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 18 Aug.

Switching from Windows Phone to iPhone

It’s official – I’ve switched from Windows Phone back to an iPhone.

Back in 2013 I attempted to use an Apple Mac and iPhone for an entire month with the Microsoft ecosystem. I lasted only 4 days.

At the time there were very few apps for iOS and the experience infuriated me. However also back then Windows Phone had a number of differentiators being baked in functionality instead of app handoffs.

Jump forward just over 2 years and we’re in a different world. Windows Phone hasn’t moved beyond a tiny slice of the pie chart and as a result Microsoft’s own product groups are focusing on iOS and Android.

A few months ago I had some Microsoft people (both local and from Corp) trying to convince me to get an iPhone as the Microsoft app experience was better. Around then my Lumia 930 broke and I was on the fence. I ended up getting the phone repaired and decided to stick with Windows Phone – waiting for the Windows 10 Mobile experience and the promise of Universal Apps.

The problem here comes down to timing. Last week my 1 year old daughter got hold of my phone for a couple of minutes and managed to drop it in a way that the screen broke again. Again I was faced with the choice to repair or replace.

I chose to replace my phone with an iPhone 6 Plus, and here’s why:

  • The Microsoft app experience is FAR better on iOS than Windows Phone
  • There are more Microsoft apps available for iOS than Windows Phone
  • Windows 10 Mobile is still very buggy and isn’t expected to come out until October
  • Even then many apps will need to be updated/rewritten to handle to the new multi-screen system and will take months to come out

The key apps I need to use when mobile are:

  • Email
  • Calendar
  • Contacts
  • Skype for Business
  • Yammer
  • Dynamics CRM

In every one of those cases the app experience is superior on iOS. I even have screen rotation with several of them!!!

The only app experience I find Windows Phone did much better than iOS is around the Microsoft Band. On iOS there are very few 3rd party apps. Also a number of the functions are missing such as the ability to reply to a call or text message with a quick response.

Within a short period of time of getting my iPhone I had all my personal and business apps up and running. One frustrating component was that I had to enter my credentials (as well as MFA codes) for every single app.

As I am deeply embedded into the Microsoft ecosystem professionally and personally I would not have been able to make the change if my investment in services such as Office 365, Groove Music (formerly known as Xbox), OneDrive and others weren’t feature-rich on iOS.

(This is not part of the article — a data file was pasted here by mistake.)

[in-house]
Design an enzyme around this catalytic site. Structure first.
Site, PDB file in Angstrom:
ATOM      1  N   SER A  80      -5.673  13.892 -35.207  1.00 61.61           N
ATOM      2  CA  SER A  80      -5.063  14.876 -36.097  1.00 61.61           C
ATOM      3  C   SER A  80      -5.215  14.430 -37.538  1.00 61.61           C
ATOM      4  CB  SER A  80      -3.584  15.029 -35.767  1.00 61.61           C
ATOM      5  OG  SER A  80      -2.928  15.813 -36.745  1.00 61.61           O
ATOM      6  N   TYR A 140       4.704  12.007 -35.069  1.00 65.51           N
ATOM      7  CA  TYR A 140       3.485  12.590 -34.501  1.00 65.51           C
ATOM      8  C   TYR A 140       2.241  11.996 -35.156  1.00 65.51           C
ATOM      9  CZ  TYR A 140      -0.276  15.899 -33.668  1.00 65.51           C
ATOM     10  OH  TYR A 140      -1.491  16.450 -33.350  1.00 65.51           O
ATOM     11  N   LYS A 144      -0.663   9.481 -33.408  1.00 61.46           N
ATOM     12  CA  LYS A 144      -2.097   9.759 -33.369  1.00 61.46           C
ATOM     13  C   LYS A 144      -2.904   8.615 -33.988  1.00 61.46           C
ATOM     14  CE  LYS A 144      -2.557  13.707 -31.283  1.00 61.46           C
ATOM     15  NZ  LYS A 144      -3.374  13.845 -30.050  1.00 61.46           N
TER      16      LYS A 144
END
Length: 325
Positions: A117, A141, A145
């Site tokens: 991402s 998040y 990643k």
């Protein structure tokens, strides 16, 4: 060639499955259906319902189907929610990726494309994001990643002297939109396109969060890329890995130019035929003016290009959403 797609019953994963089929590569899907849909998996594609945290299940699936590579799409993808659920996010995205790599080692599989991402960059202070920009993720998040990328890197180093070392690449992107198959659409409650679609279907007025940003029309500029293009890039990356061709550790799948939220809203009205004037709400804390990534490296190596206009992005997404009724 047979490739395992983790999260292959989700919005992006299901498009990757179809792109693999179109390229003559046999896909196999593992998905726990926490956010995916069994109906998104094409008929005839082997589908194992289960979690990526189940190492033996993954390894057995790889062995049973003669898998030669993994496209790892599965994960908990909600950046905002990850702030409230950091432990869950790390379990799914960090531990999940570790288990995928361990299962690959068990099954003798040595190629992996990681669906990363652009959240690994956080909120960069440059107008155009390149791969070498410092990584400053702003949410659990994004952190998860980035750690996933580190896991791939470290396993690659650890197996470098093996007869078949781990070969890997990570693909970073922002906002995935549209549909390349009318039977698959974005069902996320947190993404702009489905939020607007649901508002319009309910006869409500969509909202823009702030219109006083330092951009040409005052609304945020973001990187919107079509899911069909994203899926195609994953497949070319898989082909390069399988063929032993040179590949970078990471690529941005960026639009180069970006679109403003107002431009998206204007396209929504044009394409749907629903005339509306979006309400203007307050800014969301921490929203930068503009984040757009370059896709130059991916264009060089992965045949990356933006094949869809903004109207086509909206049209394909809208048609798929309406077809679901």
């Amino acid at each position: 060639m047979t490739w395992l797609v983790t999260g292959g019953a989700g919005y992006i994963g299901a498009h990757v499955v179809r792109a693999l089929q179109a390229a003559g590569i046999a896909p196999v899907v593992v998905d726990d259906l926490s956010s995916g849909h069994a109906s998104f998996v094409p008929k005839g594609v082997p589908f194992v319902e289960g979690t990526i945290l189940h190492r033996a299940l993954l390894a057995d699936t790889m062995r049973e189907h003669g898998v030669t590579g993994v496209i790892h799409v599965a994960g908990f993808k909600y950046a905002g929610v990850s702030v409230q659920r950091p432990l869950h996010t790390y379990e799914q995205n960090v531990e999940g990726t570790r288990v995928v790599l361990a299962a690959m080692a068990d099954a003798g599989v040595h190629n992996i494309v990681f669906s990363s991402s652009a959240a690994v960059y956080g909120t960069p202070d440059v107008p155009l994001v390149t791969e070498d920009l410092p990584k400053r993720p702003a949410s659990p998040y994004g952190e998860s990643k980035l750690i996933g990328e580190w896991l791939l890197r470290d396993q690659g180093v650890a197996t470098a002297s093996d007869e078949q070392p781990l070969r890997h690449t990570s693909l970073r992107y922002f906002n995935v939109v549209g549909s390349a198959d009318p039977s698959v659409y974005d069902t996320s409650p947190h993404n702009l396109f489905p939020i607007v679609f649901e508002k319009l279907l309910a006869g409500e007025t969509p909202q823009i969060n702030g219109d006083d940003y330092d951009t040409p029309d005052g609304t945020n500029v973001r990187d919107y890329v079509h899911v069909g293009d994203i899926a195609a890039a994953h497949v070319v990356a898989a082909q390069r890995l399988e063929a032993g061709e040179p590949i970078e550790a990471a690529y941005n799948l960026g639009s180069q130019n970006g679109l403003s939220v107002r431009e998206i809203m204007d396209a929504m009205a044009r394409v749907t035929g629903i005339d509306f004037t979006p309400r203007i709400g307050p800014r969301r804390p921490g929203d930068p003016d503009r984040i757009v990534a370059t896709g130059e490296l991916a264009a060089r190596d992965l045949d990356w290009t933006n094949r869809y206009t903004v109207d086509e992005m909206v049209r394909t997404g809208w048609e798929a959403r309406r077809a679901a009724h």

So will I now switch to using iTunes and other Apple services? Absolutely not.

Do I still think of Windows 3.1 whenever I look at my phone? You betcha!!! (I really miss the tiles of Windows Phone!)

Am I going to stick with the iPhone going forward? Most likely not. I’m sure when Windows 10 Mobile is released and the apps have caught up (and running Android apps is commonplace) I’ll come back. For now, I’m having a better Microsoft app experience on the iPhone.

 1 Aug.

Challenges connecting Cortana to Office 365

In my previous post I spoke about the fact that Cortana only appears to work on Windows 10 if you are signed in with a Microsoft Account.

Now that I had this working I was eager to connect Cortana to Office 365 and get some valuable insights and interactions.

Our first step is to access Cortana’s notebook:

 

Once here we see that Office 365 is set to “off”, so let’s set that to “on”:

 

We’re now prompted to connect, and are presented with the fact that Cortana will now have access to things she previously didn’t have:

 

Now let’s authenticate to Office 365:

 

And now we… wait what?

 

I went to the Office 365 portal to find that Cortana was turned off (I could have sworn it was set to “on” previously).

I turned Cortana on (again, I think):

 

Then I went through the process of connecting again and presto!

 

It is important to note that for Cortana to work you will need to make sure the Windows 10 Mail and Calendar apps are also connected to your Office 365 account.

Now let’s see what happens from here!

 

UPDATE: It is confirmed via Microsoft KB 3086254 that Cortana will not work with Office 365 if you are signed in using your Azure Active Directory account.